Programming head Herb Scannell (soon to be CEO) upped the ante. He did a little back of a napkin math and realized the idea could be even bigger. “We’ll announce it as a million dollar deal.” Back in the day, there were no big deals being done with name talent, just little hosting gigs here and there. ”Salary, promotion, and programming production commitments, we can swing it.”
Sure enough, the announcement made headlines across the business, and then further, in newspapers across the country. Nick-at-Nite (and cable) was starting to come into its own.
By the way, those people in full dress with Dick up above. A rare clean-up day for the Fred/Alan staff at the industry event announcing Dick’s “promotion” to executive status.
Left to right: Robert Hunter (accounting), Alan Goodman (founder), Bill Burnett (creative director), Dick Van Dyke, Fred Seibert (founder), Bill Horvath (art director), Tom Barreca (account supervisor), Dave Landesburg (account executive), Lou Bauer (media director).
—Fred0 comments Tagged: Dick Van Dyke, NAN, Nick-at-Nite, branding, Bill Burnett,.
A Day in the Life from fredseibert on Vimeo.
Bill Burnett started at Fred/Alan in 1987 as a hilarious freelance copywriter, eventually becoming our creative director (and he went on to write and create cartoons for Fred in Hollywood). From his blog (check it out to see both spots, and more), here’s Bill’s take on a great campaign he created for us and our client VH-1:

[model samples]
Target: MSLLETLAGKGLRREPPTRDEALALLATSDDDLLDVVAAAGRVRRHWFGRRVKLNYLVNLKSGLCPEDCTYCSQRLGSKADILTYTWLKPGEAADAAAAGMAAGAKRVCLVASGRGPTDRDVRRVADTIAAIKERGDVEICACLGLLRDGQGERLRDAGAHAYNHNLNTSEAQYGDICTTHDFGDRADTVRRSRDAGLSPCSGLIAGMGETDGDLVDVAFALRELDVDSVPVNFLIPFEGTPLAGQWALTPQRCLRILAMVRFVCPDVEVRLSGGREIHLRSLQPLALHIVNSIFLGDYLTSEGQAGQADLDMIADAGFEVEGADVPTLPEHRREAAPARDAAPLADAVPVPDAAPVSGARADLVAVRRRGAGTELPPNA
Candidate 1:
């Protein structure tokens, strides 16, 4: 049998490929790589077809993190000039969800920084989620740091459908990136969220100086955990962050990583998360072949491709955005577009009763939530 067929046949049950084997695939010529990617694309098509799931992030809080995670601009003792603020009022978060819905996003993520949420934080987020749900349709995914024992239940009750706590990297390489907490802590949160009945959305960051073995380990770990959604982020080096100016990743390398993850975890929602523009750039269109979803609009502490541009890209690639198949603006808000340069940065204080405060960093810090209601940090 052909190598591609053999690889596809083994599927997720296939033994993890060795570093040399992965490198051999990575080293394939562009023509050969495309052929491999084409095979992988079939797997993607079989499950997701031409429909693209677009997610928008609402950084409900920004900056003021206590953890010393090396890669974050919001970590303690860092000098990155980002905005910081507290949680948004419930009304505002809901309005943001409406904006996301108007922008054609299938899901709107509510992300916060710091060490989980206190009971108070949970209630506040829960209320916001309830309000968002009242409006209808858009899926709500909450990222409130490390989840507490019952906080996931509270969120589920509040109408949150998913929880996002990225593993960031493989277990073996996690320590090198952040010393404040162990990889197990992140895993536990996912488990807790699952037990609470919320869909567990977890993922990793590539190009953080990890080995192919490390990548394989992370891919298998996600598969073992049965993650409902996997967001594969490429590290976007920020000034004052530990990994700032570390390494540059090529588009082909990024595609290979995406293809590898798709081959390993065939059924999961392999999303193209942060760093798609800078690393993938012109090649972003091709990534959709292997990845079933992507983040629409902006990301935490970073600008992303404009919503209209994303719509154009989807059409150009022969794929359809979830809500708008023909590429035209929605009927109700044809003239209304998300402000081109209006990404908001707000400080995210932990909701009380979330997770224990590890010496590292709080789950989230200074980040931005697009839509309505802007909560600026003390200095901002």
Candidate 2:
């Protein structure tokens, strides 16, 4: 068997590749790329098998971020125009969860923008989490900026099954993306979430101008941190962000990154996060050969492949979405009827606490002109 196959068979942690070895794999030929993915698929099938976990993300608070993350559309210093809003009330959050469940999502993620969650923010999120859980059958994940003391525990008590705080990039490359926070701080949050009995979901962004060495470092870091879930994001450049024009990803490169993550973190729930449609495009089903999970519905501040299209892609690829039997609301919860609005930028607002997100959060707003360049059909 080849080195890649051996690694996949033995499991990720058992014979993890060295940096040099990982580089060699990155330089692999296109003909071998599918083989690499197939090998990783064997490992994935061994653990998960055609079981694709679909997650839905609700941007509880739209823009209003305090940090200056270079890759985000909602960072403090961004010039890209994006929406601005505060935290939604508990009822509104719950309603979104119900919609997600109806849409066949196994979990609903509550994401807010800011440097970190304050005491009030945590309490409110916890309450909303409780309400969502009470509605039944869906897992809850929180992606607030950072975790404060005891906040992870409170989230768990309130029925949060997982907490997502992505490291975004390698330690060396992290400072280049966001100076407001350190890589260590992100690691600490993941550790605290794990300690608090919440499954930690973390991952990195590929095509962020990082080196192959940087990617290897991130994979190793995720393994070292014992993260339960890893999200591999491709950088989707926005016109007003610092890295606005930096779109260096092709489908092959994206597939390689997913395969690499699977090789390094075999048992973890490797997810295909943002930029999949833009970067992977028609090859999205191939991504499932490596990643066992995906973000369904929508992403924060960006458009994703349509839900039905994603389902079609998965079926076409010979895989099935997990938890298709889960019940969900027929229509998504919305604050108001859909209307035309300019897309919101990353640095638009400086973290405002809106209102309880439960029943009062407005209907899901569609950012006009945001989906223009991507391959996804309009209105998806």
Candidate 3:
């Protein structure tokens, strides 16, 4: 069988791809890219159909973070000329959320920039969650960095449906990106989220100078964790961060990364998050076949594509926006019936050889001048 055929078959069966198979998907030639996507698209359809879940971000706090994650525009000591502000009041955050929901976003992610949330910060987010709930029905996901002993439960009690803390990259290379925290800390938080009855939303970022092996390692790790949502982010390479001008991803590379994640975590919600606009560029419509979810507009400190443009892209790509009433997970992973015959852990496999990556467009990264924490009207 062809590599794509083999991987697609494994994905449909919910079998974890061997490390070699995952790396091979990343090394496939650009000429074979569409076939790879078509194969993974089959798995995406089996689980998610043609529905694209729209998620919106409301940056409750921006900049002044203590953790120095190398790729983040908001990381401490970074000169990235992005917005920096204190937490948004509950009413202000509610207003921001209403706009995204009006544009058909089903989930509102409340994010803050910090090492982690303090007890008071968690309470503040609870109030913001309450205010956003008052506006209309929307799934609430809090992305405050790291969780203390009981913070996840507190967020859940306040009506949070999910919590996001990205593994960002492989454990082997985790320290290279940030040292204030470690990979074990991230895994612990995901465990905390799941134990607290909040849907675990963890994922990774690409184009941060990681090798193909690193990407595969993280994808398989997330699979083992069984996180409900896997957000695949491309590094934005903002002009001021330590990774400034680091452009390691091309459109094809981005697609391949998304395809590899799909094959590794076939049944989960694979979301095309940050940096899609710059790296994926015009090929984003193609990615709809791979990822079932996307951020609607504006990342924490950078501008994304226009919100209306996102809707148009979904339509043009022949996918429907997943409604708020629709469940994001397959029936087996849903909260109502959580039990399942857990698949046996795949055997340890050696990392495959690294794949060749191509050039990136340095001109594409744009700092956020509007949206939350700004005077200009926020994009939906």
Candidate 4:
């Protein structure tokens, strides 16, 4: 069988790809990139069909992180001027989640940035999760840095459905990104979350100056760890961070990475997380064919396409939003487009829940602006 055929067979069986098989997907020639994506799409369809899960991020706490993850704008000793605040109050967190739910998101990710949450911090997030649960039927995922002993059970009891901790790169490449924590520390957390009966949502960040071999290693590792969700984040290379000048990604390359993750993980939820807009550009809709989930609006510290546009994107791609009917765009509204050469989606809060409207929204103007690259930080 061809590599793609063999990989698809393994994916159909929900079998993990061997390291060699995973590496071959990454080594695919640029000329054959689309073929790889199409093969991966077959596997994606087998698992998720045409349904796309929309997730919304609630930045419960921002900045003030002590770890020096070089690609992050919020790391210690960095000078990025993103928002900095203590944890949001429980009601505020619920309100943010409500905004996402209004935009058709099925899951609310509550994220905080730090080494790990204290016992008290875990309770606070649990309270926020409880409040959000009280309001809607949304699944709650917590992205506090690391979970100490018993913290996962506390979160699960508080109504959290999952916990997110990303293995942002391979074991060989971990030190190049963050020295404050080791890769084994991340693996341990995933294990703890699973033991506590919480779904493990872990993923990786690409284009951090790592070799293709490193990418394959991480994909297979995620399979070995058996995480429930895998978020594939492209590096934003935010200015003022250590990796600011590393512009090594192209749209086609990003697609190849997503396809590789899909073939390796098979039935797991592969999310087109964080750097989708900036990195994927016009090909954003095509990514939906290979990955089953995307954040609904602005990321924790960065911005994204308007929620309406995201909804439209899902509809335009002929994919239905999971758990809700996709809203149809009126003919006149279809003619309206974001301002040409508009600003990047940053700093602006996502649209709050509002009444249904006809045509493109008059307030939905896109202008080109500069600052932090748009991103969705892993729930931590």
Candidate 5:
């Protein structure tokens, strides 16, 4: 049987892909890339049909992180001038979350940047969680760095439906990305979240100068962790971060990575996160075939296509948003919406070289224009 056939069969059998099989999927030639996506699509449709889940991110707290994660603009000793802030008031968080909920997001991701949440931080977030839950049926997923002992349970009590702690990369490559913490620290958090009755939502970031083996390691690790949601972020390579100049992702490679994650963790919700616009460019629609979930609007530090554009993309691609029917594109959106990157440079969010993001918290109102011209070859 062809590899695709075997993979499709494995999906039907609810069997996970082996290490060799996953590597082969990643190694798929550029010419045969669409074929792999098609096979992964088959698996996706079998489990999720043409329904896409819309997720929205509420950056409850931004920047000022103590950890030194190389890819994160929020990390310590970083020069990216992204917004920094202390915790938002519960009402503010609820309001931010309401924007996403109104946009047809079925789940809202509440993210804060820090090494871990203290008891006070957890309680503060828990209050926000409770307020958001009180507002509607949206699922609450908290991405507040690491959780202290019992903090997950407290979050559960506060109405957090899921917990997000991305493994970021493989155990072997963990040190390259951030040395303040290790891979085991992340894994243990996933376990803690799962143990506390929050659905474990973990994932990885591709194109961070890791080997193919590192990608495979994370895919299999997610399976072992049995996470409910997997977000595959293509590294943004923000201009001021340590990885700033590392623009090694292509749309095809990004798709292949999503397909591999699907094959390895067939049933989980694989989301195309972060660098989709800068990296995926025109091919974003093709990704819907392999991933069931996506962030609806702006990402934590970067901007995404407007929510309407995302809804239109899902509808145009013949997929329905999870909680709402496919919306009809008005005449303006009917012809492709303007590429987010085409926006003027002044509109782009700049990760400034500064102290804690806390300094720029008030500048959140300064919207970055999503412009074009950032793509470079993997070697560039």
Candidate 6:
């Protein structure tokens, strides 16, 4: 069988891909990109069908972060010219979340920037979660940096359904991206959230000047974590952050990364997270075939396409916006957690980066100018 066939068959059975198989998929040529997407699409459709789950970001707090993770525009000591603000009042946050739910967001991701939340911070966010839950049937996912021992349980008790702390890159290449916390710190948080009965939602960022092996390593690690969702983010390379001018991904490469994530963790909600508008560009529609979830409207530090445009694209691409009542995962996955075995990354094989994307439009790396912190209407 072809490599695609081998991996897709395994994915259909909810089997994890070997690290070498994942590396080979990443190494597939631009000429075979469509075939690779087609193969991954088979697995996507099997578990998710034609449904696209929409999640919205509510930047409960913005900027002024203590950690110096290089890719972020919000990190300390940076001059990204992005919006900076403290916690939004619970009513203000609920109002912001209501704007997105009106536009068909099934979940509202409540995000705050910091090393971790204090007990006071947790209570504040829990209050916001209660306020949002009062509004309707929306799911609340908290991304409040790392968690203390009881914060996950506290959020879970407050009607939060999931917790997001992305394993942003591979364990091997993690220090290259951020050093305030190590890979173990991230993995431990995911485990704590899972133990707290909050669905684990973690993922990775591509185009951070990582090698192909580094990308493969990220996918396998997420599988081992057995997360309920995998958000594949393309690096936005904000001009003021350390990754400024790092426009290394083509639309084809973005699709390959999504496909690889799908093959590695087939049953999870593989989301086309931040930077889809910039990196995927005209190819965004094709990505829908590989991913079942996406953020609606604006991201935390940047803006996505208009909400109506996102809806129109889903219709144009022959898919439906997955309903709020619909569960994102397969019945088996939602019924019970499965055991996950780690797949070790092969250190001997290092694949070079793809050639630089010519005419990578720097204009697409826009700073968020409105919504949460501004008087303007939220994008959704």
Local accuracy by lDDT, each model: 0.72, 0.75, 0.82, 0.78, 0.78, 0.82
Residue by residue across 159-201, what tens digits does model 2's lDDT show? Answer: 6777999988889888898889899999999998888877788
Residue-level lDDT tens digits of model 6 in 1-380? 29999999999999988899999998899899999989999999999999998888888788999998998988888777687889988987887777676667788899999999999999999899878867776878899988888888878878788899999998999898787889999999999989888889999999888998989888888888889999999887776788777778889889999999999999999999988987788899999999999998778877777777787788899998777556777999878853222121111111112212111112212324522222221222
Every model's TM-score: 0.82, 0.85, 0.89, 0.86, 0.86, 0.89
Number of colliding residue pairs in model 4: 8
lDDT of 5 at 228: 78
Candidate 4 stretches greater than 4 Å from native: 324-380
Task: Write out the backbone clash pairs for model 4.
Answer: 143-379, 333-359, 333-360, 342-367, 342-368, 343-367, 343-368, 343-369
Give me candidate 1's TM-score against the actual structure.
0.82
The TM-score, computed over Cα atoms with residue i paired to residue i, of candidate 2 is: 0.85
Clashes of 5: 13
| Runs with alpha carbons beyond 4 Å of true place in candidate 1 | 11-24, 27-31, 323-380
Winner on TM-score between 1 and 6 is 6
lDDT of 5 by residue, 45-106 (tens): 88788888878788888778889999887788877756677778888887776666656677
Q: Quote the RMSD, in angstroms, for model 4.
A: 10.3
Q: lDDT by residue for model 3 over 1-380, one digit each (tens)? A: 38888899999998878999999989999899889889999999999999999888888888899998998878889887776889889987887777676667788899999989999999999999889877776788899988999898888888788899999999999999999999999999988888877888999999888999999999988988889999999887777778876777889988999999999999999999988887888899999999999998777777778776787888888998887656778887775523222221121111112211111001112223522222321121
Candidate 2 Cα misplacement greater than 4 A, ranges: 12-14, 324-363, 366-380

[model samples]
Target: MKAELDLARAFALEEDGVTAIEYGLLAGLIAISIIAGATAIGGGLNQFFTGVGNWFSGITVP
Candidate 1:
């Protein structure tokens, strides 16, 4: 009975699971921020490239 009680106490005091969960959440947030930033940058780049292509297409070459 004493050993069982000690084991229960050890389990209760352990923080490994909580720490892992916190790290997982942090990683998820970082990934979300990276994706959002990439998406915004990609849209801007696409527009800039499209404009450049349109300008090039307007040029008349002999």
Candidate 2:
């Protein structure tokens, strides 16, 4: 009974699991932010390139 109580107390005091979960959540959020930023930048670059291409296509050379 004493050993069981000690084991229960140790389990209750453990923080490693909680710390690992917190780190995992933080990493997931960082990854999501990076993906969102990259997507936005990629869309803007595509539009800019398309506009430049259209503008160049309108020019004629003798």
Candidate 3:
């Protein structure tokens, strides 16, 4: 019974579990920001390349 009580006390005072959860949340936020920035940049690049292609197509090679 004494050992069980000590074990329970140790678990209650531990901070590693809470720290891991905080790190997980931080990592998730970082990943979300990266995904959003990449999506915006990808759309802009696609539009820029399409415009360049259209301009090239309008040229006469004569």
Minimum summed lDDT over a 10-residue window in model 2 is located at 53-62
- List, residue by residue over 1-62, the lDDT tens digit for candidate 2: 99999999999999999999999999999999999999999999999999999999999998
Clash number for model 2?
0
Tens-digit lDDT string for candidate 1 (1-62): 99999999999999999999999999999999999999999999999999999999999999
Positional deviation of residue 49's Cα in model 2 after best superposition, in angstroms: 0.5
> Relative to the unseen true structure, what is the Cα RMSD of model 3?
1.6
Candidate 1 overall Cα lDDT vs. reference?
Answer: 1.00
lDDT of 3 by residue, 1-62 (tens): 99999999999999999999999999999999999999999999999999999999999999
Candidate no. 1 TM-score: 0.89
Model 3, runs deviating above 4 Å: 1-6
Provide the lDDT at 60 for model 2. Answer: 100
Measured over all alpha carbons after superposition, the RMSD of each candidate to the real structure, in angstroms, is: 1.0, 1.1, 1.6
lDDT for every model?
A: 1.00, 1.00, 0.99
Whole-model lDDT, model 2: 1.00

One of the high points of my career was in 1988, when Don Martin, “Mad Magazine’s Maddest Artist”, agreed to make a series of ads with me at Fred/Alan Inc.You have to understand, I idolized Don Martin. I was that kid who snuck Mad Magazine into class and covered it with a Moby Dick book cover. And Don Martin was one of my favorites. With his geeky characters whose feet folded over the curb and his uncanny sense of absurdist slapstick, he cracked me up over and over.
So, there I was, charged with creating a campaign for VH-1 that would position the network as an MTV for baby boomers. What better way to accomplish that than to invoke the boomer’s bible–Mad Magazine? To the best of my knowledge we are the only people who have ever made an animated film of Don Martin’s cartoons, either for commercials or pure entertainment value. That makes these spots pretty special.
I just took a spin around the web and found that there IS a guy in Brazil who has been doing some decent Don Martin animations . You can find them by Googling “Don Martin Animation”. It’s not clear to me that he did them with Don’s blessing, but they’re kind of fun. (We did our spots with Don’s complete participation.) And apparently there was an unaired Mad Magazine special that contains an animated Don Martin cartoon.
Still, I think our ads are unique in that they remained true to the spirit of the master and also delivered a strong marketing message. These ads spoke to the prevailing thirty-something sense of living with stress and anxiety and troubled times, and the corresponding feeling of entitlement. “After all you’ve been through, you deserve your own channel.” Don’t we all feel that way? We’ve all been through a lot. We DO deserve our own channels. And with the Internet exploding into niches the way it is, we’ll each have our own channel before too long.
…..0 comments Tagged: 1988, Bill Burnett, MTV Networks, VH-1, advertising, animation, comics, commercials, television, VH1,.